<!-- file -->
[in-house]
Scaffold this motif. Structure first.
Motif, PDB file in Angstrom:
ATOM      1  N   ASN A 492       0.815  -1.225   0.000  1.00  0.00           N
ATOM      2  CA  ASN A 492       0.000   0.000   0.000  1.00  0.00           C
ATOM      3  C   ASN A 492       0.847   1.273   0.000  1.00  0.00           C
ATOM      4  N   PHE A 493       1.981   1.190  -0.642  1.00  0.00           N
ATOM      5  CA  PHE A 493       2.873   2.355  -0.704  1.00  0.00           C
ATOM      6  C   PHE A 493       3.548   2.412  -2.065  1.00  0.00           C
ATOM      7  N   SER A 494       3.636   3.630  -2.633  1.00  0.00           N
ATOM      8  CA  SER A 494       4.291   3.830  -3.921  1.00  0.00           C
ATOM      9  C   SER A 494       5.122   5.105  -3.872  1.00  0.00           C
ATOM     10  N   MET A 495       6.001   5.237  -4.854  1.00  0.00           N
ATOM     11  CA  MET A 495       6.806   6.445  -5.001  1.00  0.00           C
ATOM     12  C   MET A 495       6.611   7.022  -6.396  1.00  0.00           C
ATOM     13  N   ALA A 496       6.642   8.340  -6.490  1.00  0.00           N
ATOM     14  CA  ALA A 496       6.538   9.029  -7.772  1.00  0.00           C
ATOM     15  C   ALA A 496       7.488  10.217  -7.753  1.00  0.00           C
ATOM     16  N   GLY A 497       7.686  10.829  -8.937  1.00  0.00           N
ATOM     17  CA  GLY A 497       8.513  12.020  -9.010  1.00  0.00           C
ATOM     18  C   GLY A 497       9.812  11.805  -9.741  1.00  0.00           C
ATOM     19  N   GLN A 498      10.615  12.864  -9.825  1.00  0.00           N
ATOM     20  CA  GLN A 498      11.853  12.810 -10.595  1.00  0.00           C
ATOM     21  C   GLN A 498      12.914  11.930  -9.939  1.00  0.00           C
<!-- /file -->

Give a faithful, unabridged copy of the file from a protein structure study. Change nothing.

[in-house]
Scaffold this motif. Structure first.
Motif, PDB file in Angstrom:
ATOM      1  N   ASN A 492       0.815  -1.225   0.000  1.00  0.00           N
ATOM      2  CA  ASN A 492       0.000   0.000   0.000  1.00  0.00           C
ATOM      3  C   ASN A 492       0.847   1.273   0.000  1.00  0.00           C
ATOM      4  N   PHE A 493       1.981   1.190  -0.642  1.00  0.00           N
ATOM      5  CA  PHE A 493       2.873   2.355  -0.704  1.00  0.00           C
ATOM      6  C   PHE A 493       3.548   2.412  -2.065  1.00  0.00           C
ATOM      7  N   SER A 494       3.636   3.630  -2.633  1.00  0.00           N
ATOM      8  CA  SER A 494       4.291   3.830  -3.921  1.00  0.00           C
ATOM      9  C   SER A 494       5.122   5.105  -3.872  1.00  0.00           C
ATOM     10  N   MET A 495       6.001   5.237  -4.854  1.00  0.00           N
ATOM     11  CA  MET A 495       6.806   6.445  -5.001  1.00  0.00           C
ATOM     12  C   MET A 495       6.611   7.022  -6.396  1.00  0.00           C
ATOM     13  N   ALA A 496       6.642   8.340  -6.490  1.00  0.00           N
ATOM     14  CA  ALA A 496       6.538   9.029  -7.772  1.00  0.00           C
ATOM     15  C   ALA A 496       7.488  10.217  -7.753  1.00  0.00           C
ATOM     16  N   GLY A 497       7.686  10.829  -8.937  1.00  0.00           N
ATOM     17  CA  GLY A 497       8.513  12.020  -9.010  1.00  0.00           C
ATOM     18  C   GLY A 497       9.812  11.805  -9.741  1.00  0.00           C
ATOM     19  N   GLN A 498      10.615  12.864  -9.825  1.00  0.00           N
ATOM     20  CA  GLN A 498      11.853  12.810 -10.595  1.00  0.00           C
ATOM     21  C   GLN A 498      12.914  11.930  -9.939  1.00  0.00           C